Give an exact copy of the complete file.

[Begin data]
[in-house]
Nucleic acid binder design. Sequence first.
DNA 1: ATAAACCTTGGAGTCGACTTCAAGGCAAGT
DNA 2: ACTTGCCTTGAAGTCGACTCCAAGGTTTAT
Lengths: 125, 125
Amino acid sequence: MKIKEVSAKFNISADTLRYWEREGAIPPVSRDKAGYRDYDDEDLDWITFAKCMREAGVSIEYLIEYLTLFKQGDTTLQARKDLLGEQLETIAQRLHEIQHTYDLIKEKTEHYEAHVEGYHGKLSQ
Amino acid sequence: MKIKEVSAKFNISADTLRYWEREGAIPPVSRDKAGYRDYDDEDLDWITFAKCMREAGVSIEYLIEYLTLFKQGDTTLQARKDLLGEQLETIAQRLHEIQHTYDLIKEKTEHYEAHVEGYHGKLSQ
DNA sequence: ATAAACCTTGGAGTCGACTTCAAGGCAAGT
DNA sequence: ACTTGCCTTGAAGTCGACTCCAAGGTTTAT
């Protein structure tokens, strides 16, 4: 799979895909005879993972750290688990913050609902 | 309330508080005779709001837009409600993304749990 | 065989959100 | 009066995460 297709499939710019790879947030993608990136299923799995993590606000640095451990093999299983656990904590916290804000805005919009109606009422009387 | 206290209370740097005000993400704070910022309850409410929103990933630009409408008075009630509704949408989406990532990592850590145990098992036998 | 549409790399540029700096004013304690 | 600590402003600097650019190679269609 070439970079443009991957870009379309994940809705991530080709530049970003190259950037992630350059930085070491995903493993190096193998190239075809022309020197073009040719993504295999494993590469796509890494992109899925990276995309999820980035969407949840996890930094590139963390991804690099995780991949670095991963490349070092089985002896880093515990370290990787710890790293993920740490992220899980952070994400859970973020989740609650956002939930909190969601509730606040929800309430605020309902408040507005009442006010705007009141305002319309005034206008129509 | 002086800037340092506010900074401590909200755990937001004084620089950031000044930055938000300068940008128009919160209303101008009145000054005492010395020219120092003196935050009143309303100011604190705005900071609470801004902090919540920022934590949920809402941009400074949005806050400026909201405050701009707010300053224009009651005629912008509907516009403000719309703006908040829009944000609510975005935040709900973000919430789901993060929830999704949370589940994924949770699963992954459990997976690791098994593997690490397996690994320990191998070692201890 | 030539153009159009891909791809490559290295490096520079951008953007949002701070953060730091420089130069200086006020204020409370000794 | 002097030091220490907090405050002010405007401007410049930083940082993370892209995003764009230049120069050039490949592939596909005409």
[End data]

[in-house]
Nucleic acid binder design. Sequence first.
DNA 1: ATAAACCTTGGAGTCGACTTCAAGGCAAGT
DNA 2: ACTTGCCTTGAAGTCGACTCCAAGGTTTAT
Lengths: 125, 125
Amino acid sequence: MKIKEVSAKFNISADTLRYWEREGAIPPVSRDKAGYRDYDDEDLDWITFAKCMREAGVSIEYLIEYLTLFKQGDTTLQARKDLLGEQLETIAQRLHEIQHTYDLIKEKTEHYEAHVEGYHGKLSQ
Amino acid sequence: MKIKEVSAKFNISADTLRYWEREGAIPPVSRDKAGYRDYDDEDLDWITFAKCMREAGVSIEYLIEYLTLFKQGDTTLQARKDLLGEQLETIAQRLHEIQHTYDLIKEKTEHYEAHVEGYHGKLSQ
DNA sequence: ATAAACCTTGGAGTCGACTTCAAGGCAAGT
DNA sequence: ACTTGCCTTGAAGTCGACTCCAAGGTTTAT
């Protein structure tokens, strides 16, 4: 799979895909005879993972750290688990913050609902 | 309330508080005779709001837009409600993304749990 | 065989959100 | 009066995460 297709499939710019790879947030993608990136299923799995993590606000640095451990093999299983656990904590916290804000805005919009109606009422009387 | 206290209370740097005000993400704070910022309850409410929103990933630009409408008075009630509704949408989406990532990592850590145990098992036998 | 549409790399540029700096004013304690 | 600590402003600097650019190679269609 070439970079443009991957870009379309994940809705991530080709530049970003190259950037992630350059930085070491995903493993190096193998190239075809022309020197073009040719993504295999494993590469796509890494992109899925990276995309999820980035969407949840996890930094590139963390991804690099995780991949670095991963490349070092089985002896880093515990370290990787710890790293993920740490992220899980952070994400859970973020989740609650956002939930909190969601509730606040929800309430605020309902408040507005009442006010705007009141305002319309005034206008129509 | 002086800037340092506010900074401590909200755990937001004084620089950031000044930055938000300068940008128009919160209303101008009145000054005492010395020219120092003196935050009143309303100011604190705005900071609470801004902090919540920022934590949920809402941009400074949005806050400026909201405050701009707010300053224009009651005629912008509907516009403000719309703006908040829009944000609510975005935040709900973000919430789901993060929830999704949370589940994924949770699963992954459990997976690791098994593997690490397996690994320990191998070692201890 | 030539153009159009891909791809490559290295490096520079951008953007949002701070953060730091420089130069200086006020204020409370000794 | 002097030091220490907090405050002010405007401007410049930083940082993370892209995003764009230049120069050039490949592939596909005409």